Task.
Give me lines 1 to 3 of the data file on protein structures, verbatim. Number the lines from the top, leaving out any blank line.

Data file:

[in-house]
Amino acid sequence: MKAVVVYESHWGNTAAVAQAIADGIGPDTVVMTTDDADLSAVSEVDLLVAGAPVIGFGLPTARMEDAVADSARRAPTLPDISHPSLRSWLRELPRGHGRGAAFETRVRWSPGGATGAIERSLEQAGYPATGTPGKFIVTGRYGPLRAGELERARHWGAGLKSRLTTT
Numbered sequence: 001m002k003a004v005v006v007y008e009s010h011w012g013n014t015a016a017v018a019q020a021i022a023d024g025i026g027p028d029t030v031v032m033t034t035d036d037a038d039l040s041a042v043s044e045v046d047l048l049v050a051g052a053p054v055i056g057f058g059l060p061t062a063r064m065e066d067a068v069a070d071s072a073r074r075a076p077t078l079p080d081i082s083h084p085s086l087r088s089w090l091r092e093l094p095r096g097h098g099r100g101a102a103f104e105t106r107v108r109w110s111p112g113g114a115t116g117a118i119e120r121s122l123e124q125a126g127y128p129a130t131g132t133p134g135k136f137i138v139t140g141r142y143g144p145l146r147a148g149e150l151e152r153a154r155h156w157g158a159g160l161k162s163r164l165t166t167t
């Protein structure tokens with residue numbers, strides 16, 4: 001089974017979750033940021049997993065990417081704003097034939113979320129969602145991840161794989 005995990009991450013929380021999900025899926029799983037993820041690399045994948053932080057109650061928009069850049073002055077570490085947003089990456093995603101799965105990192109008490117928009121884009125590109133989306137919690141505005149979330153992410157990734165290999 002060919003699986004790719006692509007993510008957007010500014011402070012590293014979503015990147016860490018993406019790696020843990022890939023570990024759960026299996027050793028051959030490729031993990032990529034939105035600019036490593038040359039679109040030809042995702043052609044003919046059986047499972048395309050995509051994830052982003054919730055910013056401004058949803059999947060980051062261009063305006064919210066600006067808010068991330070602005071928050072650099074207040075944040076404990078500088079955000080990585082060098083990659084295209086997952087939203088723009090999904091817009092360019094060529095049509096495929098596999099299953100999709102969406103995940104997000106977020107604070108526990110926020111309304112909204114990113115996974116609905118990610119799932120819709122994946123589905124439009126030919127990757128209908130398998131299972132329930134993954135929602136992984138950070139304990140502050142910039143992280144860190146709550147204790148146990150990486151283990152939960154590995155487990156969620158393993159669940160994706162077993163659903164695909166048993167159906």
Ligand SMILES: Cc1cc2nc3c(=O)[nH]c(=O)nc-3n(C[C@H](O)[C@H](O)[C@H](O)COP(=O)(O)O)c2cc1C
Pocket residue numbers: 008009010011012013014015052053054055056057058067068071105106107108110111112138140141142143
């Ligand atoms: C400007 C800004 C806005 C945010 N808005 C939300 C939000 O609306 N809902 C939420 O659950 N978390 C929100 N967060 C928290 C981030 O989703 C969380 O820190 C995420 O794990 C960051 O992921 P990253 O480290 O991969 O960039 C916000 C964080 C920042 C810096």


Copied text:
[in-house]
Amino acid sequence: MKAVVVYESHWGNTAAVAQAIADGIGPDTVVMTTDDADLSAVSEVDLLVAGAPVIGFGLPTARMEDAVADSARRAPTLPDISHPSLRSWLRELPRGHGRGAAFETRVRWSPGGATGAIERSLEQAGYPATGTPGKFIVTGRYGPLRAGELERARHWGAGLKSRLTTT
Numbered sequence: 001m002k003a004v005v006v007y008e009s010h011w012g013n014t015a016a017v018a019q020a021i022a023d024g025i026g027p028d029t030v031v032m033t034t035d036d037a038d039l040s041a042v043s044e045v046d047l048l049v050a051g052a053p054v055i056g057f058g059l060p061t062a063r064m065e066d067a068v069a070d071s072a073r074r075a076p077t078l079p080d081i082s083h084p085s086l087r088s089w090l091r092e093l094p095r096g097h098g099r100g101a102a103f104e105t106r107v108r109w110s111p112g113g114a115t116g117a118i119e120r121s122l123e124q125a126g127y128p129a130t131g132t133p134g135k136f137i138v139t140g141r142y143g144p145l146r147a148g149e150l151e152r153a154r155h156w157g158a159g160l161k162s163r164l165t166t167t